Oliver W. Kim

The Mountain To Climb

Jan 1, 2022

At , when
will reach 2019 GDP per capita in ?

As we enter a new year, it’s worth thinking about the problem of economic growth, particularly for the hundreds of millions who still live in extreme poverty. With this tool, you can calculate how long it will take for developing countries to reach higher income levels–the mountain to climb, so to speak–under a range of growth scenarios, ranging from the pessimistic to the optimistic.

The figures lay bare the harsh logic of compounding economic growth, and the staggering levels of inequality between countries. Some stark examples:

Note that these are not predictions–they are simply projections of future economic growth based on the historical trend of your choice.

This data is current as of 2019. It does not include the devastation of the Covid-19 pandemic, which has likely erased most of the economic gains of the past decade, and pushed hundreds of millions of people into extreme poverty.

Economic growth is not everything. The economic needs of human beings need to be balanced against the preservation of the environment and the quality of non-human lives. The distribution of economic output also matters: if a small elite hoards all the economic gains, then for the average person headline GDP growth is largely irrelevant. But we know that, on average, the availability and quality of things that make safer and healthier lives possible–health care, education, housing, entertainment, freedom from violence–grow with incomes per capita. The largest reduction in poverty we know of, the Chinese economic miracle, came as the result of rapid economic growth.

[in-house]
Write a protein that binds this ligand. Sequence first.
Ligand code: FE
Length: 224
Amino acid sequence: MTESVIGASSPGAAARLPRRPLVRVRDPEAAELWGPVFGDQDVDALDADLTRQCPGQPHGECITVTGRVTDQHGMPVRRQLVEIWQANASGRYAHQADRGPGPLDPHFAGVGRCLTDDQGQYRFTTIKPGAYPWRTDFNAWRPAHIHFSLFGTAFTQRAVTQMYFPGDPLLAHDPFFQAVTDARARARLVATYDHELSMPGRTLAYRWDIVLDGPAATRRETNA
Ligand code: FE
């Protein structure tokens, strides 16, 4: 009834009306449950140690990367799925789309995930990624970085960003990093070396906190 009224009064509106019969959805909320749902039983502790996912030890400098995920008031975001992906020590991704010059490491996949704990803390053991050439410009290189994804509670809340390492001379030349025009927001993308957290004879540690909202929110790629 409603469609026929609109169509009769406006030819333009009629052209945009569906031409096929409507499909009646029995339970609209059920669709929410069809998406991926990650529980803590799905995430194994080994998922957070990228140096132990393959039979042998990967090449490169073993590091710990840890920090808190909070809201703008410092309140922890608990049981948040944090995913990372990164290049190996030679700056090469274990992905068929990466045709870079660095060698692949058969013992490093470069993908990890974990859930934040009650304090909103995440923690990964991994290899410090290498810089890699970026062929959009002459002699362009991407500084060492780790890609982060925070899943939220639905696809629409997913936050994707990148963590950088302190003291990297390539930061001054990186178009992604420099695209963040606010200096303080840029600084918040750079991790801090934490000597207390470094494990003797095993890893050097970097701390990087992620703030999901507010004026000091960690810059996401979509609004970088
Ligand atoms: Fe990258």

Note also that this tool does not calculate “convergence” or “catch-up”, strictly speaking. The United States and other developed countries will likely continue to grow; convergence is trying to chase down a moving target. By contrast, in this exercise, the reader chooses a static income target they want to hit, which hopefully corresponds to a comfortable and dignified quality of life. If you’re interested in convergence, check out this alternative version of this tool.

In some sense, then, this exercise is agnostic. It shows us, based on historical experience, how long it would take to bring the incomes of current developing countries to any level that we choose. It does not say which policies to enact, which projected growth rate is achievable, or even which target level of income is desirable. It is then up to us–or, more correctly, the people living in these developing countries–to decide what paths align most with their values.

Real GDP per capita is expenditure-side real GDP at chained PPPs (2017 US$), divided by population, using underlying data from the Penn World Tables, version 10.0: Feenstra, Robert C., Robert Inklaar and Marcel P. Timmer (2015), “The Next Generation of the Penn World Table” American Economic Review, 105(10), 3150-3182, available for download at www.ggdc.net/pwt.

Version 0.7. Comments and suggestions welcome.

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This work is licensed under a Creative Commons Attribution 4.0 International License.

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